IV and subcutaneously: No definitive dosing available. Adult dosing should not be used in this age group; adverse events such as hyponatremia-induced seizures may occur. Dose should be reduced. Some have suggested an initial dosage range of 0.1 to 1 mcg in 1 or 2 divided doses. Initiate at low dose and increase as necessary. Closely monitor serum sodium levels and urine output; fluid restriction is recommended.

Children more than 12 years of age:
Intranasal: 5 to 40 mcg/day divided into 1 to 3 doses. The morning and evening doses should be separately adjusted for an adequate diurnal rhythm of water turnover.
Oral: 0.05 mg twice daily. Dose range is 0.1 to 1.2 mg divided into 2 or 3 doses.
IV: 1 to 2 mcg twice a day
Subcutaneously: 1 to 2 mcg twice a day

Use in children requires careful fluid intake restrictions to prevent possible hyponatremia and water intoxication. The optimal dosage depends on the patient's response (duration of sleep and adequate, not excessive water turnover).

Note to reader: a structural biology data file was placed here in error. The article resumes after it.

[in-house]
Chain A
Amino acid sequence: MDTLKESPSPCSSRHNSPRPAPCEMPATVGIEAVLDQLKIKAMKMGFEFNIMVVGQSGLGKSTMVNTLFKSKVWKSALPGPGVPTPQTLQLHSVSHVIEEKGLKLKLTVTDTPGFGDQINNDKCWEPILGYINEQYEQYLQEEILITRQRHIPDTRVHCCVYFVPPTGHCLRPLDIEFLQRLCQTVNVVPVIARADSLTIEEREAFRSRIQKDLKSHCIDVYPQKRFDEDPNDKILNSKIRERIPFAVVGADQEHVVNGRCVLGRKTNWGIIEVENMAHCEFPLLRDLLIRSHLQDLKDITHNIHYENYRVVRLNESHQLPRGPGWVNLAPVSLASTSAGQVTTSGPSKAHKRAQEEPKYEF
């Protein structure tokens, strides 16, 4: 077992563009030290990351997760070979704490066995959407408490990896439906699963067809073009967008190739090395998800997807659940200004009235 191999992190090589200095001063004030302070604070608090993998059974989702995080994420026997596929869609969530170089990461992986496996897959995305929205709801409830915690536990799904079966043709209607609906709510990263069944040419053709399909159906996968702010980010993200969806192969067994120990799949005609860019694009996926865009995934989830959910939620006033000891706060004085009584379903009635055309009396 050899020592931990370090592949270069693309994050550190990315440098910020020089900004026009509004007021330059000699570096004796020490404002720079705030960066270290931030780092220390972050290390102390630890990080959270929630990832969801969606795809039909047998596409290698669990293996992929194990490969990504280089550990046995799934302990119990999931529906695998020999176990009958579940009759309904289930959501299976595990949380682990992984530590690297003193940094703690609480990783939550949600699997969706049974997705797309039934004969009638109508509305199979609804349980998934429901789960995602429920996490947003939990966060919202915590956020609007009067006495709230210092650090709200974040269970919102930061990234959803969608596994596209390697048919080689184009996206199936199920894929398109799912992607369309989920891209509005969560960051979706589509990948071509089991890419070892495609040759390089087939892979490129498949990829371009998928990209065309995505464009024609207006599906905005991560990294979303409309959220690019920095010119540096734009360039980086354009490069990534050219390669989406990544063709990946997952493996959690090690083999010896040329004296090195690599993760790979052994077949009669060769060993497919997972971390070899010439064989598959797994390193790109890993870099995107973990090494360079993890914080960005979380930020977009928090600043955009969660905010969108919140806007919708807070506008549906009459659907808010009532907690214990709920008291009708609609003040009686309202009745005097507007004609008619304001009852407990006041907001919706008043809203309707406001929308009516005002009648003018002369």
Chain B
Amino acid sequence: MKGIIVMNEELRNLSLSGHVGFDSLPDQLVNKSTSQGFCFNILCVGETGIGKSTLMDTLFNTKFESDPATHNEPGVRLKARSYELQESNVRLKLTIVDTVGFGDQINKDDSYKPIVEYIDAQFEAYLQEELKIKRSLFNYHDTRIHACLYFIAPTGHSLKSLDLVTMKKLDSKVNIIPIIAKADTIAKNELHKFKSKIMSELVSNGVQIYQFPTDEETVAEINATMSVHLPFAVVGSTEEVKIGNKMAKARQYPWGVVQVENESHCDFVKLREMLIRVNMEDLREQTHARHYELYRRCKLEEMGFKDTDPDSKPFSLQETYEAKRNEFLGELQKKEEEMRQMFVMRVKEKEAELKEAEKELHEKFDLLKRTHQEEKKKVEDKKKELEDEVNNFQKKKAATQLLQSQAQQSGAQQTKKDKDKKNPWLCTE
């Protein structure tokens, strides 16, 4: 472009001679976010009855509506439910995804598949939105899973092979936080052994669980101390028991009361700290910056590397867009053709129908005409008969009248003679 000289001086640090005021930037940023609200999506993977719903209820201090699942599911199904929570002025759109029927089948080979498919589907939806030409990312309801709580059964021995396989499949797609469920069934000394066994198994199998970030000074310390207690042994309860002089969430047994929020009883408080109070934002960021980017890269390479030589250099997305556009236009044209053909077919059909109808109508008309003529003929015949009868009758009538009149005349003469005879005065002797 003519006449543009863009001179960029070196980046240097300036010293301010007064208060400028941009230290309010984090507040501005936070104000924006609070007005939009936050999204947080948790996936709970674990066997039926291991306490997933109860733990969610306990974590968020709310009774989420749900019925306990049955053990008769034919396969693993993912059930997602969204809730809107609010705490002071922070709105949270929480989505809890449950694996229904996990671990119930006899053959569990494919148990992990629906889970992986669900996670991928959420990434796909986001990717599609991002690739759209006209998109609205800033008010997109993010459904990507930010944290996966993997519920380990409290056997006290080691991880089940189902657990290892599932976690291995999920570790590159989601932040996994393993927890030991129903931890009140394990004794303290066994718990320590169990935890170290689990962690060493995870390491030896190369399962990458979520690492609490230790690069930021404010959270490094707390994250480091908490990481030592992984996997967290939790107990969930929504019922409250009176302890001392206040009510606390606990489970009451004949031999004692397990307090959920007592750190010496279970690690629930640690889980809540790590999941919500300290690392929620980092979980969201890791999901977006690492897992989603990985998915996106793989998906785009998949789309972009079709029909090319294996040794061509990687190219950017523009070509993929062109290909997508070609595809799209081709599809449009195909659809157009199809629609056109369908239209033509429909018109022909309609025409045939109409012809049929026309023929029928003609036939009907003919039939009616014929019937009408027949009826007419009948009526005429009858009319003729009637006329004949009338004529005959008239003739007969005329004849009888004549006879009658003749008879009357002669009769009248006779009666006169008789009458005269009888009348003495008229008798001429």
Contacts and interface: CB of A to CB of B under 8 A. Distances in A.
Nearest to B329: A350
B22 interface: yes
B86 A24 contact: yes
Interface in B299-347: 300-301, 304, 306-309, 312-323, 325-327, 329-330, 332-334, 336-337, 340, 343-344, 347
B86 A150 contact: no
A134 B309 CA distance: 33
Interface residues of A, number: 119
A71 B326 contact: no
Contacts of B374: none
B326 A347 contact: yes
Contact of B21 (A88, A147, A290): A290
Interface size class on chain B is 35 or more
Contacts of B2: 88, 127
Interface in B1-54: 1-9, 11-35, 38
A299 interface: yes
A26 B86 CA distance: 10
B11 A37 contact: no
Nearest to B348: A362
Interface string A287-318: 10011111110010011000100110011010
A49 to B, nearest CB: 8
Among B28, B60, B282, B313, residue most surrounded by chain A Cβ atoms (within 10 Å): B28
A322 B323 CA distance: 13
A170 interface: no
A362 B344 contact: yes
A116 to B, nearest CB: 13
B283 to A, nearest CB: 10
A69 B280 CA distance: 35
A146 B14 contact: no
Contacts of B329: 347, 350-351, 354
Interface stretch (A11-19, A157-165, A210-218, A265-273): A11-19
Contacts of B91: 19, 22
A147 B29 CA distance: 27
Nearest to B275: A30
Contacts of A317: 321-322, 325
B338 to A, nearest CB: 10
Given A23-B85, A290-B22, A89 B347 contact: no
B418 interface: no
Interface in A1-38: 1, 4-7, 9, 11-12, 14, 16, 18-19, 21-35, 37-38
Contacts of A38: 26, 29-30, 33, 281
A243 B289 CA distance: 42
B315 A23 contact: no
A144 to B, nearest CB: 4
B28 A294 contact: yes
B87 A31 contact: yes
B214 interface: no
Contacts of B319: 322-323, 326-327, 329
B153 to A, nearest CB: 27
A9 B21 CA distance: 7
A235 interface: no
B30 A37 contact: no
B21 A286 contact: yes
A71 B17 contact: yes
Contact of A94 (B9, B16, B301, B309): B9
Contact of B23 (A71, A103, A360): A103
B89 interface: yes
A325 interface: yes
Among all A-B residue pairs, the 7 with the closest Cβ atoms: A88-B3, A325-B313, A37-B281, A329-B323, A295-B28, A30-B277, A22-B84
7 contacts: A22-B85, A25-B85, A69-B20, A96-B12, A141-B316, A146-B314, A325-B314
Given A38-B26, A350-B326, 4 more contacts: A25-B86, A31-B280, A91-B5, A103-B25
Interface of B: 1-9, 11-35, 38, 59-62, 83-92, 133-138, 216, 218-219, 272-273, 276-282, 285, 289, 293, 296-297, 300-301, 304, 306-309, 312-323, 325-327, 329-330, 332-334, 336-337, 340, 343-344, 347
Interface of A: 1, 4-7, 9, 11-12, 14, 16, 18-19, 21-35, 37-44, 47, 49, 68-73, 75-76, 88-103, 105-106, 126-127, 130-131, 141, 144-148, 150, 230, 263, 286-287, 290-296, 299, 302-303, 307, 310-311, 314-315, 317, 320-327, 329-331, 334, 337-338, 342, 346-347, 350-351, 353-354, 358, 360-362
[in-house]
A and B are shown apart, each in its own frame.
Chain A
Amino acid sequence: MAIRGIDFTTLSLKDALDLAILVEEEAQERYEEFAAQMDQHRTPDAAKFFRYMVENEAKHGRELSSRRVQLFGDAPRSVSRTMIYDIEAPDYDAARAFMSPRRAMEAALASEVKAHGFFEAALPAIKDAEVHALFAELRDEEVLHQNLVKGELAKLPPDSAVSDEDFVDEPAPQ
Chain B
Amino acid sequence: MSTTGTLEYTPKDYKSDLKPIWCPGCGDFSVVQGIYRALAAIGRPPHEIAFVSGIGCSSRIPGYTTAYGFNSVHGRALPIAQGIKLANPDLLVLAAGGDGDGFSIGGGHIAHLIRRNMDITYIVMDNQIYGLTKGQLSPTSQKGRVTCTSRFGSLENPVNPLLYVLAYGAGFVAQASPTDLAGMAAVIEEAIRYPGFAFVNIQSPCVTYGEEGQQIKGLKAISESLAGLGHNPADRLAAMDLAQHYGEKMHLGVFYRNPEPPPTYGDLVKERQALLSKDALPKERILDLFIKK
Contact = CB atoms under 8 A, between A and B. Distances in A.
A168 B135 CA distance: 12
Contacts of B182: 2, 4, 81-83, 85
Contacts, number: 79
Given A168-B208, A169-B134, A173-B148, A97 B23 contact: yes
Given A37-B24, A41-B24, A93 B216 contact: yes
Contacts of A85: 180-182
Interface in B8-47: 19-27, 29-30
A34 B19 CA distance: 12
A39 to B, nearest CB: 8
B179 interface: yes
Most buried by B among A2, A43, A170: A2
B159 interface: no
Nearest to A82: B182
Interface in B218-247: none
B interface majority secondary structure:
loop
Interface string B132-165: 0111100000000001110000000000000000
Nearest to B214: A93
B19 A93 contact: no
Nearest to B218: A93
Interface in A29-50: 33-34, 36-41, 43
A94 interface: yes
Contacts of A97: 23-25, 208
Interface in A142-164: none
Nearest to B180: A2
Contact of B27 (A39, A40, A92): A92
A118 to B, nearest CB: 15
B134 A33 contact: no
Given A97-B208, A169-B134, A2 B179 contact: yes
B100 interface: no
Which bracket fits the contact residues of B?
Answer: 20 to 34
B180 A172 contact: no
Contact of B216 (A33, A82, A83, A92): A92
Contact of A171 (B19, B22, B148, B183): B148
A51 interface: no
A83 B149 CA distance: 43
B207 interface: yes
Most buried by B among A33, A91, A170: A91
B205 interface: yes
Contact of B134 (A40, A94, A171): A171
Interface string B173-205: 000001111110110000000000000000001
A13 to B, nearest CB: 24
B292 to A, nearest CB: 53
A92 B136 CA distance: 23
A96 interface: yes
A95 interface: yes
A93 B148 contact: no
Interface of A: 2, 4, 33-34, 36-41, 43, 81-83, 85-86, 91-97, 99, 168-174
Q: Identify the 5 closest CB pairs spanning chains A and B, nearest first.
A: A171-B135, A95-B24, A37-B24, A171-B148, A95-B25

Usual Pediatric Dose for Hemophilia A:

Infants 3 months of age and children:
IV: 0.3 mcg/kg by slow infusion over 15-30 minutes beginning 30 minutes before procedure. May repeat dose if needed.

Children more than 12 years of age:
IV: 0.3 mcg/kg once slowly over 15-30 minutes.
Intranasal:
50 kg or less: 150 mcg
more than 50 kg: 150 mcg in each nostril.
Demonstration of an adequate improvement in coagulation profile after administration is recommended prior to any surgical procedures. Preoperative doses may be given 2 hours prior to the scheduled procedure. Repeat administration should be determined by laboratory response and clinical condition of the patient.

Usual Pediatric Dose for von Willebrand's Disease:

Infants 3 months of age and children: